Policing Loan Sharks: Evidence from the unlicensed money lending market in Singapore

A joint event between CSEAR and Master of Food and Resource Economics (MFRE).

Using a unique dataset, we study the unlicensed money lending market in Singapore. In this market, borrowers search for loan sharks to borrow from and loan sharks decide how much money to extort from the borrowers. In equilibrium, we observe dispersion over the degree of extortion by different lenders. A sizable number of borrowers are the recurring customers of some loan sharks. Lastly, as search friction increases due to heightened enforcement efforts to arrest unlicensed moneylenders, it becomes increasingly difficult for borrowers to find loan sharks in the market. Loan sharks who previously extorted heavily from borrowers and thus had difficulty retaining customers are now finding it easier to do so. Finally, we find that increasing enforcement efforts by the authorities, on average, have the following effects: The initial interest rate attached to the loan agreed upon by both the lender and the borrowers increases, the loan amount that the lender is willing to give out to the borrower decreases, the amount of money the lender extorts from the borrower increases and harassment activities by the lenders directed against the borrower fell in terms of both severity and frequency.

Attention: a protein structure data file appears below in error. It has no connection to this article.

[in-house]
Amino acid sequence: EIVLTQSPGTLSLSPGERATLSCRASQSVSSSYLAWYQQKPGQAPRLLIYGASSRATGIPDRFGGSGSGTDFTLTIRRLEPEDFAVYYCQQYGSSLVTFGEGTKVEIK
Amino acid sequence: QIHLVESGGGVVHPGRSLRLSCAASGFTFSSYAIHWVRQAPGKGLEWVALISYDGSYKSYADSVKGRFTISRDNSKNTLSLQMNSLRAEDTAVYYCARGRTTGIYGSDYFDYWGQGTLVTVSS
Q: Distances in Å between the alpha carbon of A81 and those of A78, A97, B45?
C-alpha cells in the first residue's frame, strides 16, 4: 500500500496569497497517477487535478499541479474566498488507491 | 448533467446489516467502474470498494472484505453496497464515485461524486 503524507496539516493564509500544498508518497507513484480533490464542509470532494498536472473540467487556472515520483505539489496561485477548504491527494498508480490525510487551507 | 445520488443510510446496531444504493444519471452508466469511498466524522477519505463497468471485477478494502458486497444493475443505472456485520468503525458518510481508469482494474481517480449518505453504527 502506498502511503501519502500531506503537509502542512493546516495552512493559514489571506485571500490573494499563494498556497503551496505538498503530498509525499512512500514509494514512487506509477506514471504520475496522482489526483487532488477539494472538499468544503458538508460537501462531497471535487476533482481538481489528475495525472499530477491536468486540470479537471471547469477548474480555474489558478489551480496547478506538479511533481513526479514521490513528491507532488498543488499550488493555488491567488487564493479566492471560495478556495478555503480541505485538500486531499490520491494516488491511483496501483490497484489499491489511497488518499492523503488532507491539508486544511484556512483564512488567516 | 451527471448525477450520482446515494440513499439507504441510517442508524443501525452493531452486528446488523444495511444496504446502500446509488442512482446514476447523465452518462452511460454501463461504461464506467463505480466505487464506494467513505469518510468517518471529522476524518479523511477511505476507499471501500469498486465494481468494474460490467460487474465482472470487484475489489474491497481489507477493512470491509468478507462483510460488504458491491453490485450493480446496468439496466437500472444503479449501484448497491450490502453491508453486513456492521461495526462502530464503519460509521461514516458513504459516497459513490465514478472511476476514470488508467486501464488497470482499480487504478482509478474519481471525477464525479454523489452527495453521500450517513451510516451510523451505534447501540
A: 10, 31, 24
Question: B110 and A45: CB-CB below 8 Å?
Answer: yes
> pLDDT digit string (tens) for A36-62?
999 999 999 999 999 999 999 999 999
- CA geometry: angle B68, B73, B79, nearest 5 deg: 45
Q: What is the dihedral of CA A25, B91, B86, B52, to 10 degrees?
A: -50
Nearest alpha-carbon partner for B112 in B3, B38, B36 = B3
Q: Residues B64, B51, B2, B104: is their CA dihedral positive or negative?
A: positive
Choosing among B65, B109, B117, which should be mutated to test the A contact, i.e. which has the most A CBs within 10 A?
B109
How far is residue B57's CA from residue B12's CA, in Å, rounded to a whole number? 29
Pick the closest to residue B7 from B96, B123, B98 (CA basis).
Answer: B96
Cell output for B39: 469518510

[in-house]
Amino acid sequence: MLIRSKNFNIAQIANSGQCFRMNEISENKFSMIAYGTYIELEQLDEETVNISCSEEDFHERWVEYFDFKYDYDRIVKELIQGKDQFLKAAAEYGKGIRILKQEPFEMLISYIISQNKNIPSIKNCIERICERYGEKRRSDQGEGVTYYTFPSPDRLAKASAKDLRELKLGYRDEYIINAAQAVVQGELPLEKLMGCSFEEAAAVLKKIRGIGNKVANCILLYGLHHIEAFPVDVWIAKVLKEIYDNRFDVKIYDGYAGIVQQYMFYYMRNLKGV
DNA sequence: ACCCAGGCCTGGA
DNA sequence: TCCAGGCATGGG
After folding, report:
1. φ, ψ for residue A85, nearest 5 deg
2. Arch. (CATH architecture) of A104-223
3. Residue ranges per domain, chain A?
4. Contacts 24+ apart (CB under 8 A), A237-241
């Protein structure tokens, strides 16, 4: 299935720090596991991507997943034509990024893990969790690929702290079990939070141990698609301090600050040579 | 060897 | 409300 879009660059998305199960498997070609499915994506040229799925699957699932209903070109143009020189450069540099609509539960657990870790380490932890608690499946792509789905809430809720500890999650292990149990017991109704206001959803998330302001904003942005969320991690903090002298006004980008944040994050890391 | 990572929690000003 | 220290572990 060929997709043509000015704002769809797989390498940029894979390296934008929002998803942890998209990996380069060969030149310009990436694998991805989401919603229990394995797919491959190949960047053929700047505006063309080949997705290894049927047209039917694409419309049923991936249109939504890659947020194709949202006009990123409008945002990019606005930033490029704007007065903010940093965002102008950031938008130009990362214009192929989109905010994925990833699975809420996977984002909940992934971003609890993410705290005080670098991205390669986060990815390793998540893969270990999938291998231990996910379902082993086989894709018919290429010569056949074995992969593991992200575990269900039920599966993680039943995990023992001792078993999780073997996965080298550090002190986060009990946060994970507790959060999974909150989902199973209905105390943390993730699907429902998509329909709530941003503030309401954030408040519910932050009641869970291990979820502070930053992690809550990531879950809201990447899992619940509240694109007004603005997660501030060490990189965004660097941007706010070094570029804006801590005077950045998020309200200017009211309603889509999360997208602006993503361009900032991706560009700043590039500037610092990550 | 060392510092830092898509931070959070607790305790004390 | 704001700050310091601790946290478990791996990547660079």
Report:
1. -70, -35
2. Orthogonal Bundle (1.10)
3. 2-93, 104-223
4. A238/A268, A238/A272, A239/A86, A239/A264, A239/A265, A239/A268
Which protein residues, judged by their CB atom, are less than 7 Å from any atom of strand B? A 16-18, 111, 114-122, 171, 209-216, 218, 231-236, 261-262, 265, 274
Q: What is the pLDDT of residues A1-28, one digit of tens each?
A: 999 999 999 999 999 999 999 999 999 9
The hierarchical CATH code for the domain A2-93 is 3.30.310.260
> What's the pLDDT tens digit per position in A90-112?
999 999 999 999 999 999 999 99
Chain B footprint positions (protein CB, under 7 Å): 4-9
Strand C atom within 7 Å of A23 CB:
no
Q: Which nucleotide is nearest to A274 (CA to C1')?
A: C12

Speakers: Kaiwen Leong (Nanyang Technological University, Singapore) and Haibo Xu (Fudan University, Shanghai)

Kaiwen Leong is an Assistant Professor at the Nanyang Technological University. He received his PhD degree in Economics from Princeton University. Before joining academia, he spent several years working as a volunteer helping ex-offenders rebuild their lives. His research interests lie in the underground economy, labor economics and microeconomics. He has published papers in the Economic Journal, the journal of institutional and theoretical economics and Economic Letters.

Haibo Xu is an Assistant Professor at the School of Economics, Fudan University. He received his PhD degree in Economics from Washington University in St. Louis. His research focuses on Game Theory, Contract Theory and Corporate Finance, and he is now particularly interested in the economic and social aspects of how participants of underground economy make decisions and interact with others.

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